Obviously, the most scientifically important part of the Sternberg Institute's plate collection are the plates taken with the 40-cm (F=160 cm) astrograph (installed in 1948 in Kuchino near Moscow, moved to Crimea in mid-1950s). This is the astrograph first installed, on the initiative of Prof. C. Hoffmeister, at the Sonneberg Observatory, Germany (where it was called the GA astrograph), in 1938 and taken by the Soviet Union from Germany in 1945 as a part of the war reparations. The telescope's position in Crimea was better than in Sonneberg (to the south in latitude, better weather), and the number of plates taken per year, with a typical exposure time of 45 minutes, approached 900 for the most successful years (see the distribution in Fig.~1). The plates of the astrograph series kept in Moscow are generally of excellent quality and permit detailed studies of many variable stars. The main part of the collection are variable-star fields, from the North Pole to declinations about √30o, with up to 500 plates per field. For variable stars that can be found in several fields, sometimes we can get as many as 1000 photographic observations. The typical exposure time for the variable-star fields was 45 minutes. The plate limit for such exposures, originally about 17.5√18m in a system close to B, gradually somewhat deteriorated, mainly because of light pollution problems in Crimea. Besides variable-star fields, a significant part of the series are photographs of galactic globular clusters (with a typical exposure of 30 minutes, or less, down to ~5 minutes in special cases, like studies of bright Cepheids near cluster centers).



Fig. 1. The yearly numbers of plates taken with the Sternberg Institute's 40~cm astrograph.


For decades, the plates from the 40-cm astrograph were extensively used for variable-star research. Nevertheless, the plates still contain a lot of valuable unused scientific information. As an example of scientific treasures waiting to be evaluated for many years, we would like to mention the discovery of the supernova SN 1983ab, visible on 24 plates, by Antipin in 1996 [2, 3].

Also of considerable importance are direct and objective-prism plates taken in the prime focus of the 50-cm Maksutov camera in Crimea. There are also many rich variable-star centers of direct plates in this series, as well as photographs of star clusters and associations. Most direct plates and films from the Maksutov telescope were taken behind filters, in the bands of the UBVR system. The exposure times were from one minute to several hours. An interesting subset of this series are direct plates of the local-group galaxies M 31 (the Andromeda nebula) and M 33 (the Triangulum nebula), taken mainly for discoveries and studies of Novae in these galaxies. This observing project was initiated by Prof. A.S. Sharov before 1970. We have 1853 Maksutov-camera plates of M 31 plus 60 plates of this galaxy taken with the Schmidt telescope at Baldone, Latvia (many more M 31 plates from the Schmidt telescope are kept in the Baldone collection proper) and some 20~plates from other telescopes, including Bulgarian instruments. Our plates of M 31 cover the time interval between 1968 and 2004. These plates of M~31 were used to discover 65 Novae in M 31, to confirm (or not confirm) a number of Novae discovered elsewhere (see, for example, [4]). Currently the project is continued by A. Alksnis (Baldone) and A.~Zharova (Moscow). For M 33, the time interval is 1973√-2004; we have 844 Maksutov plates and 164 plates from the 40-cm astrograph. For the photographs of the galaxies M 31 and M 33, we have the catalog of plates ready in the electronic form.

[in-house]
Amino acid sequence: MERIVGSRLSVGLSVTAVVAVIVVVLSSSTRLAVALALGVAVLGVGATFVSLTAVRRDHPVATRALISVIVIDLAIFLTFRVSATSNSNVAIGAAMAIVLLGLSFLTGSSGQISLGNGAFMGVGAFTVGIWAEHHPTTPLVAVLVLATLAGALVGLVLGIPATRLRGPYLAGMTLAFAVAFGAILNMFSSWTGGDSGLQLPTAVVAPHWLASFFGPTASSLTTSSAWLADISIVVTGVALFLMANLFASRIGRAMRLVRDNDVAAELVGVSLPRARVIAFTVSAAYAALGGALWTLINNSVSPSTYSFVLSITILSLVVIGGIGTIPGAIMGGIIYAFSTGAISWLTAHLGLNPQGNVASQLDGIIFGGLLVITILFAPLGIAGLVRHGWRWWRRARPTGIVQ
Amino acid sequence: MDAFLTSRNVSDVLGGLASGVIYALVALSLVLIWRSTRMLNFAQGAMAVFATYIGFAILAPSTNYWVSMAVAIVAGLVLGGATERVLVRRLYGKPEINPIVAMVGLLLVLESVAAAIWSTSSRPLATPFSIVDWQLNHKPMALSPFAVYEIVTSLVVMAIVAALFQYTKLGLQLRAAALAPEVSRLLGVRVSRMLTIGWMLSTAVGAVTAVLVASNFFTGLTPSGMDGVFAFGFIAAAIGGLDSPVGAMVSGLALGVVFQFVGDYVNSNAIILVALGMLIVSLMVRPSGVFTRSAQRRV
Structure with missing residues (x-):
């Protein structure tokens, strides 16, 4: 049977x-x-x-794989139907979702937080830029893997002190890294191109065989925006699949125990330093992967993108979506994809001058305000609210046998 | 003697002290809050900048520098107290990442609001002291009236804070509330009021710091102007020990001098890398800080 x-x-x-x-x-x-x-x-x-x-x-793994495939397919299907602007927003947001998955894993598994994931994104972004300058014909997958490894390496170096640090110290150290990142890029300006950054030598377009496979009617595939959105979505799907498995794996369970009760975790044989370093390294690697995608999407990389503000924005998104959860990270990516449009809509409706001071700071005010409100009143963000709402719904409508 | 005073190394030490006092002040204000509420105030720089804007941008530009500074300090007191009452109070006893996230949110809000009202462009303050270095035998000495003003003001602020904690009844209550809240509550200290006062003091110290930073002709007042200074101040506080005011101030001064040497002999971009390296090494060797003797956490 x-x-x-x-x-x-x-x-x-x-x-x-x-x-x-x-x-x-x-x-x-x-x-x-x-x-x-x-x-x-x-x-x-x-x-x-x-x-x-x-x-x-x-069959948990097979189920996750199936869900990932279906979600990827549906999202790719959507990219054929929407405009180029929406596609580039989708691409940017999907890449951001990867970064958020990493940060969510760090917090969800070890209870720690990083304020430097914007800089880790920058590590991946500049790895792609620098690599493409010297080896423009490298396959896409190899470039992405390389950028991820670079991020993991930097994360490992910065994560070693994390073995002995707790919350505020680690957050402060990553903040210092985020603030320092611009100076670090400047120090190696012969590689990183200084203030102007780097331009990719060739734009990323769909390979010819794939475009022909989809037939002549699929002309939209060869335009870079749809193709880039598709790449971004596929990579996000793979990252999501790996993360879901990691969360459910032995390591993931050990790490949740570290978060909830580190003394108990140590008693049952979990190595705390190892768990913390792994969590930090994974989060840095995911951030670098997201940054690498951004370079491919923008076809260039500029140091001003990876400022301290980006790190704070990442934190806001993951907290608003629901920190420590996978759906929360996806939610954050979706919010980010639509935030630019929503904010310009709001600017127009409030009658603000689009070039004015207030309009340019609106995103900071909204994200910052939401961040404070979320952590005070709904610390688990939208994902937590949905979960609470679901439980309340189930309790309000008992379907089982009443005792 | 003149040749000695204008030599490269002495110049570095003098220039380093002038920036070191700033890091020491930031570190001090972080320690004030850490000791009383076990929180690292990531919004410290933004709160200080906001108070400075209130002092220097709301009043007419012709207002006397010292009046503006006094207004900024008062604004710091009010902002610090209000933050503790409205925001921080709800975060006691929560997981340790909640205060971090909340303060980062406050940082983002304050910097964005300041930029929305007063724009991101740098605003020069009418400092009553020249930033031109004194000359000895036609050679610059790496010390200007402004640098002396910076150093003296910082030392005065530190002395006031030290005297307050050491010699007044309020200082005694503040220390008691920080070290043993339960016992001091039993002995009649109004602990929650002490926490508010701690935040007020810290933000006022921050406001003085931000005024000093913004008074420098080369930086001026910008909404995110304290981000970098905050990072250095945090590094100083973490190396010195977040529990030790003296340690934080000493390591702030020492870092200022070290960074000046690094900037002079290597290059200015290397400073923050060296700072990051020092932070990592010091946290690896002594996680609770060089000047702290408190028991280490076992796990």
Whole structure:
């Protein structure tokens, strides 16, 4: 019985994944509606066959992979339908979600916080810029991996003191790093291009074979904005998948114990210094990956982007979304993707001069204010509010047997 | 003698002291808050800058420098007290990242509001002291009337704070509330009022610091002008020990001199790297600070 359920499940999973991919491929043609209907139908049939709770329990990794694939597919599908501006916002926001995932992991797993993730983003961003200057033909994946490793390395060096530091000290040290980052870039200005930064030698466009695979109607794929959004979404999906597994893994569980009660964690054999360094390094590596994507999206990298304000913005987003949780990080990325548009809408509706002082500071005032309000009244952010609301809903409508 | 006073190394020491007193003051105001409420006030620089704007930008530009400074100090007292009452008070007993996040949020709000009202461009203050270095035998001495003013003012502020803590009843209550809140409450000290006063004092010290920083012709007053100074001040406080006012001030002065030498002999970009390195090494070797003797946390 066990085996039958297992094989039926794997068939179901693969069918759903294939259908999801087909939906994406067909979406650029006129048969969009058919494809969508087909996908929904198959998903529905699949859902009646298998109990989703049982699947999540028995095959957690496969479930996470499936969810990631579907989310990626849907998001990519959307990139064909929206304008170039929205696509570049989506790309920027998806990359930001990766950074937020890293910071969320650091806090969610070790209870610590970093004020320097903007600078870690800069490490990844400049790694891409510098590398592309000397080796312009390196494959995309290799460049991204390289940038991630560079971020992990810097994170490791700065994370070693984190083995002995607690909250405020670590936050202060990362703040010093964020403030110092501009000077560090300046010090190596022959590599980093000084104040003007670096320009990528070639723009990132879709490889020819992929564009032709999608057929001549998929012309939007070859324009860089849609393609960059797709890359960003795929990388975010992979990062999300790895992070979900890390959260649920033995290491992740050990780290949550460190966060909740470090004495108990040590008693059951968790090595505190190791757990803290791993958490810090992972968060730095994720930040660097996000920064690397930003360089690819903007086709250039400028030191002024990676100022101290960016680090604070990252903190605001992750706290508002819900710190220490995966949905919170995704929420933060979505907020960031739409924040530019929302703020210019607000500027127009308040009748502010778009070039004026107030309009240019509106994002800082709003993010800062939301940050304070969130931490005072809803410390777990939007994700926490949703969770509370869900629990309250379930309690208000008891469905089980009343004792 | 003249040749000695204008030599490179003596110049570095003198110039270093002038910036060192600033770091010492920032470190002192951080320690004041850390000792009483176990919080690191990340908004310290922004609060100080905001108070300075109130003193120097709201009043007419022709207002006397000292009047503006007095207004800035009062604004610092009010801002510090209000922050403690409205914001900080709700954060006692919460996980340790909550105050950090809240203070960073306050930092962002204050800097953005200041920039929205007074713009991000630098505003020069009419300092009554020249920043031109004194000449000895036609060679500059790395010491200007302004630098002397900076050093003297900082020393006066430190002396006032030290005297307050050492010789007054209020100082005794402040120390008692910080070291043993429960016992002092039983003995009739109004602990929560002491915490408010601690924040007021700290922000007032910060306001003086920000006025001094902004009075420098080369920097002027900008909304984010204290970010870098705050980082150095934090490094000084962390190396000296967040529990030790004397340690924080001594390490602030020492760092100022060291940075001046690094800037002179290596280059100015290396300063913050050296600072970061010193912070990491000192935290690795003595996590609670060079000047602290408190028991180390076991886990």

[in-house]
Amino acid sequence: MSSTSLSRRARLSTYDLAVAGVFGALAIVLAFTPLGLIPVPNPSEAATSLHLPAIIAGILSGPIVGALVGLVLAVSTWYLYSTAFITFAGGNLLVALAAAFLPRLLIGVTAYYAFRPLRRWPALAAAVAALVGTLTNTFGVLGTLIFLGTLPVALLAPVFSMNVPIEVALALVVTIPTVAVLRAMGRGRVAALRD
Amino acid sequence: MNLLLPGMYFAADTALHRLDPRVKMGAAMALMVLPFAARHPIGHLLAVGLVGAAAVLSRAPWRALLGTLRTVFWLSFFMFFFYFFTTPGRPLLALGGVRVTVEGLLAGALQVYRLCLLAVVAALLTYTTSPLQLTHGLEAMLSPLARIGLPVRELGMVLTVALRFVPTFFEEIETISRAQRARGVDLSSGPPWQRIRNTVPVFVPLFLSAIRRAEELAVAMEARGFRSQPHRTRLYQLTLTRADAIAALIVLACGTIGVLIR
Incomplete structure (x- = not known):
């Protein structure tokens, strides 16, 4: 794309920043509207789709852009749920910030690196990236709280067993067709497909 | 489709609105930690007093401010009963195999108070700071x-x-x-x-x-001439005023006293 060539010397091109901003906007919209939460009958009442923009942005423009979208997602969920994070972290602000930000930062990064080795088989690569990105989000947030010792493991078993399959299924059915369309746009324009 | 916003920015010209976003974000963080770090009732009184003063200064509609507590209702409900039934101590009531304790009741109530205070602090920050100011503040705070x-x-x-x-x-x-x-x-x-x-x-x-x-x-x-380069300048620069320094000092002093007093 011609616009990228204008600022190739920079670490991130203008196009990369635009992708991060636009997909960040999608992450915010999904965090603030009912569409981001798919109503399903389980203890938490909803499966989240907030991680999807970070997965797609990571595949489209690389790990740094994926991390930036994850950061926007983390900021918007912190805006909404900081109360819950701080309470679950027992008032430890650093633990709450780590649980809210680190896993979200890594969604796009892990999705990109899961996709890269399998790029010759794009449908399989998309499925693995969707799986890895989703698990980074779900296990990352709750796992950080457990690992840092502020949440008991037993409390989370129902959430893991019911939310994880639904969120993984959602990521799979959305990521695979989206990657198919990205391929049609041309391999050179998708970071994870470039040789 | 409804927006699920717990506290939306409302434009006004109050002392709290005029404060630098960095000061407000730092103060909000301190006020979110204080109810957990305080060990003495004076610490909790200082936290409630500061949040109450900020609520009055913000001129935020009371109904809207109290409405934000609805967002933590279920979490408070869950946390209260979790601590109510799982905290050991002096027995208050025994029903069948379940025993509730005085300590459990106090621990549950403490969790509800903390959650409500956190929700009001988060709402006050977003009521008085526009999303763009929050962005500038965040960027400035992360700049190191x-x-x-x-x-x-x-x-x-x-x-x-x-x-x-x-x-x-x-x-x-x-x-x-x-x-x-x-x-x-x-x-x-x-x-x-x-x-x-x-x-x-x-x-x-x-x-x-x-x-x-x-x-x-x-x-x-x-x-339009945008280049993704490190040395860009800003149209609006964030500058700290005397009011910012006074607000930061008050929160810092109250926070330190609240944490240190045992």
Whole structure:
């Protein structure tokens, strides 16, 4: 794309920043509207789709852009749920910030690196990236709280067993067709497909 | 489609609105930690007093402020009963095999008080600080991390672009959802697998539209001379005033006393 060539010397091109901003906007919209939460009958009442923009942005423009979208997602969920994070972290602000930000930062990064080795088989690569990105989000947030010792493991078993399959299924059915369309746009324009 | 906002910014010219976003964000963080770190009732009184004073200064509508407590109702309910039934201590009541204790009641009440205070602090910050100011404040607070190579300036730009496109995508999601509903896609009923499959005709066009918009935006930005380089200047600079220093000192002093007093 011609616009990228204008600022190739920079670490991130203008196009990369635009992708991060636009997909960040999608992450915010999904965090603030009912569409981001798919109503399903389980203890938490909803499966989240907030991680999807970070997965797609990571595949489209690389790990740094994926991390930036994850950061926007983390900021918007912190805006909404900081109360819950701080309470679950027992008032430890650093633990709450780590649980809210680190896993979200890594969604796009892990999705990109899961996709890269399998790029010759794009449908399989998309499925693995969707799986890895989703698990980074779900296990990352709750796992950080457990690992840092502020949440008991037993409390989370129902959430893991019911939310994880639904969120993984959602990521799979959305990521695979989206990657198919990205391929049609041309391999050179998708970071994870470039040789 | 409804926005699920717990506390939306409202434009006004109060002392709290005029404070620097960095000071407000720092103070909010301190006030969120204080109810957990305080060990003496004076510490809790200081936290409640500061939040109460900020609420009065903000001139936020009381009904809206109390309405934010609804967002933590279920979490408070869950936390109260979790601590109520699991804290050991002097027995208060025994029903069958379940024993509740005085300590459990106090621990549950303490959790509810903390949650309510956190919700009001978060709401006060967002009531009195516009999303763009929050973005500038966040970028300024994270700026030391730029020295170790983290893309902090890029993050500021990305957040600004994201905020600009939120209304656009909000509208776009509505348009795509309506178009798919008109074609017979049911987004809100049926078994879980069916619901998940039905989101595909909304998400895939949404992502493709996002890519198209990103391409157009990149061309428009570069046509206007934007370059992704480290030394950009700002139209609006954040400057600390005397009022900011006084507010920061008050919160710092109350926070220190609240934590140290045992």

The quality of the direct plates taken with the Moscow 70-cm Cassegrain reflector (also behind filters, UBVRI) strongly depends on seeing. On poor-seeing nights, individual variable stars were photographed. Excellent-seeing nights were used to study star clusters and variable stars in close double systems, taking advantage of the telescope's large focal length and of the corresponding scale (about 18'' per mm).



3 The Zvenigorod Plate Collection